Retailers Bump Up Budgets at Pitti Uomo

Strong holiday season leads to optimism for the future, especially for brands embracing heritage trend, British tailoring.

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Men'sWeek issue 01/13/2011

FLORENCE — Men are in the mood to shop.

This story first appeared in the January 13, 2011 issue of WWD.  Subscribe Today.

Fresh off a buoyant holiday season, that was the message from retailers and brands attending the Pitti Immagine Uomo show here. Buyers at the show, which ends Friday, wielded budgets plumped by nearly 30 percent, which they invested in brands that stuck with a continuation of the trend that did so well last year, notably heritage. The lure of Savile Row also drew buyers seeking brands that channeled a return to British tailoring.

Citing a phenomenal year for men’s wear in 2010, with double-digit growth over 2009, Jason Broderick, general merchandise manager at Harrods, said the store had experienced a return to sartorial dressing. At the show, he especially liked the Hugo Boss Selection collection, Hackett’s Mayfair looks — “British sartorial fitted Sixties-style suits in fabulous Italian fabrics” — as well as the “New World upper casualwear” suits from brands such as Brunello Cucinelli.

“Since this winter, people have felt reassured to start investing again. They’re loosening up the purse strings a little,” said Stephen Ayres, men’s wear buying manager for Liberty. Sales of men’s wear at the store rose 24 percent last year, with strong results across categories.

Following stellar results on men’s accessories in the run-up to Christmas, Liberty in late February will open a new room housing men’s soft tailoring and accessories.

Keeping the ever-more body-conscious — and younger — customer in mind, slimmer silhouettes will be key for suits for fall-winter 2011-12, according to Tom Kalenderian, executive vice president and general merchandise manager of men’s and Chelsea Passage for Barneys New York.

Also citing a strong fourth quarter, with healthy sales of accessories and footwear, Kalenderian said a considerable improvement in tailored clothing — one of the businesses that has suffered the most over the past two years — has had a halo effect on complementary products such as ties. “There is a message in that we have to take the business more toward fashion and less classic,” he said. Kalenderian lauded Cucinelli’s autumnal shades of mink or taupe, “almost cashmere colors,” along with a sunset orange, yellow and denim blues, “so you get this pop of color.”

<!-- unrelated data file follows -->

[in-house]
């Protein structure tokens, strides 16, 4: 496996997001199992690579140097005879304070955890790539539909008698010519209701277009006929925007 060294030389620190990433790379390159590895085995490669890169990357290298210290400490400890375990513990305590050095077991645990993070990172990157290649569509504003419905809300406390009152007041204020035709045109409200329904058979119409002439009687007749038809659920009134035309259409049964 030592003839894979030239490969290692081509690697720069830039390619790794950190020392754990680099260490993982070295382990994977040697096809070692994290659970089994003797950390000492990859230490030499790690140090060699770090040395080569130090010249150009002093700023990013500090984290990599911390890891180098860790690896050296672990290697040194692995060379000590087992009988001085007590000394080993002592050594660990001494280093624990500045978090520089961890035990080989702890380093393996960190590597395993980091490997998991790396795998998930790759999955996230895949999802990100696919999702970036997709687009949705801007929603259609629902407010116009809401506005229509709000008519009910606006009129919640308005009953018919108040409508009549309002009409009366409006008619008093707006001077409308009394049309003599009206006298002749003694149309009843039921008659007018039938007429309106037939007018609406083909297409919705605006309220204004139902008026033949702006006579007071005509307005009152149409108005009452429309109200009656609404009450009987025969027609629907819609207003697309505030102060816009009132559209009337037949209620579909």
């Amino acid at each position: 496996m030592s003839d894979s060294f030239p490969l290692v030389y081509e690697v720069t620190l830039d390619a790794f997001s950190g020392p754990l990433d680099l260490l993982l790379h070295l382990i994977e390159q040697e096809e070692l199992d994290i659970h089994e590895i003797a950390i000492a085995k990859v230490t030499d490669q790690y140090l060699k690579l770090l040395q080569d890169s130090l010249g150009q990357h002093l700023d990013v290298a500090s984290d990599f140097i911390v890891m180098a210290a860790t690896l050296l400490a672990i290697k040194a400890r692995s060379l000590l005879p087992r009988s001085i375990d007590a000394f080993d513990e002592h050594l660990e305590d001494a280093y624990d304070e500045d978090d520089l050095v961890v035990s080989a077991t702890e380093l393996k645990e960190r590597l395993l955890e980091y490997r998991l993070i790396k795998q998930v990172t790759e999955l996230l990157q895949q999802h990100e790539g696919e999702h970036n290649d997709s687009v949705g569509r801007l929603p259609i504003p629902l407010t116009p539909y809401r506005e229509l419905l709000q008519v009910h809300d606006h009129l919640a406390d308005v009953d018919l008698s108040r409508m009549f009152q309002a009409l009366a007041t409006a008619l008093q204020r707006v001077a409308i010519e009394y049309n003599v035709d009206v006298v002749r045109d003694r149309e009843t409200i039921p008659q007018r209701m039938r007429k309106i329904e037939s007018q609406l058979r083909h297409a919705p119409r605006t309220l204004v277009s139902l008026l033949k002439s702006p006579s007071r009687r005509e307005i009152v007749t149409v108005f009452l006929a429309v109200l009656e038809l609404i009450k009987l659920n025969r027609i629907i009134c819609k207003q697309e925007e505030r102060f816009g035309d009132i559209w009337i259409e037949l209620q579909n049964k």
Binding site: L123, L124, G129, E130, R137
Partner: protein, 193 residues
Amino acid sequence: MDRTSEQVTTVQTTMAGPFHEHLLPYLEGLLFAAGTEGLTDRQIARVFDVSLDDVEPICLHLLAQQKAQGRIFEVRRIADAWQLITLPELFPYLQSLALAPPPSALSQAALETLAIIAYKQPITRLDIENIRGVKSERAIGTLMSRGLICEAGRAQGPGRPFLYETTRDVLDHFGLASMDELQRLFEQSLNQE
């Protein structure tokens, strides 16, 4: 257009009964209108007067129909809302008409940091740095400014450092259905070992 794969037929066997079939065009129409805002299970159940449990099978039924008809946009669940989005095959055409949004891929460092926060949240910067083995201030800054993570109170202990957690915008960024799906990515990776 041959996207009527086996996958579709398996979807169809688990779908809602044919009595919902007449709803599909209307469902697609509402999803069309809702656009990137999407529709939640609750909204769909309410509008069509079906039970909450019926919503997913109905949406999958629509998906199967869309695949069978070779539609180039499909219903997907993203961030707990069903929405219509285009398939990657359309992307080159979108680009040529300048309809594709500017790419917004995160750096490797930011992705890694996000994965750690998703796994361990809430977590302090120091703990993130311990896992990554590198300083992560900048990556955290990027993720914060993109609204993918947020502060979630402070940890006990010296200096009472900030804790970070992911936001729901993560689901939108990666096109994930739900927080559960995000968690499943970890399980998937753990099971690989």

Eric Jennings, vice president and fashion director of men’s for Saks Fifth Avenue, said that after holding off for a couple of seasons due to the recession, men want to replace holes in their wardrobe, whether for suits or sportswear. Among the main challenges for the sector, however, are the price hikes instituted by vendors following steep increases on raw materials and piece goods, many of which have risen by up to 30 percent. “I think the vendors are very cognizant of [the situation] and will partner with us, and we won’t get sticker shock this season, but it’s a huge factor,” he said.

As royal wedding mania bubbles, the British look proved a key direction in tailored clothing at the show, with a resurgence of rugged, dry fabrics that ranged from Fair Isle motifs, plaids and tartans to herringbones and Harris Tweeds.

“Men’s wear is having a resurgence in high taste. Italian tailors love Scottish tartans and British woolens, and around the world there is tremendous respect for British tailoring. When you think of the suit of armor, the mind goes to Savile Row,” said Kalenderian.

Cucinelli, whose classic oatmeal v-neck sweater was worn by Prince William for the official royal engagement photos by Mario Testino, introduced colored knits inspired by the English countryside at Pitti. Also creating a buzz was British designer Nigel Cabourn’s launch of a three-year collaboration with U.S. outerwear specialist Eddie Bauer. Produced in Canada, the collection includes vests with Harris Tweed inserts and coyote-fur-lined hoods, as well as archive Bauer down jackets in washed leather with Woolrich fabric panels. Retail prices start from around $1,400. Cabourn also introduced a second partnership with Brady bags featuring British shooting and fishing styles pepped up by modern elongated shapes.

Other noteworthy trends at the show included: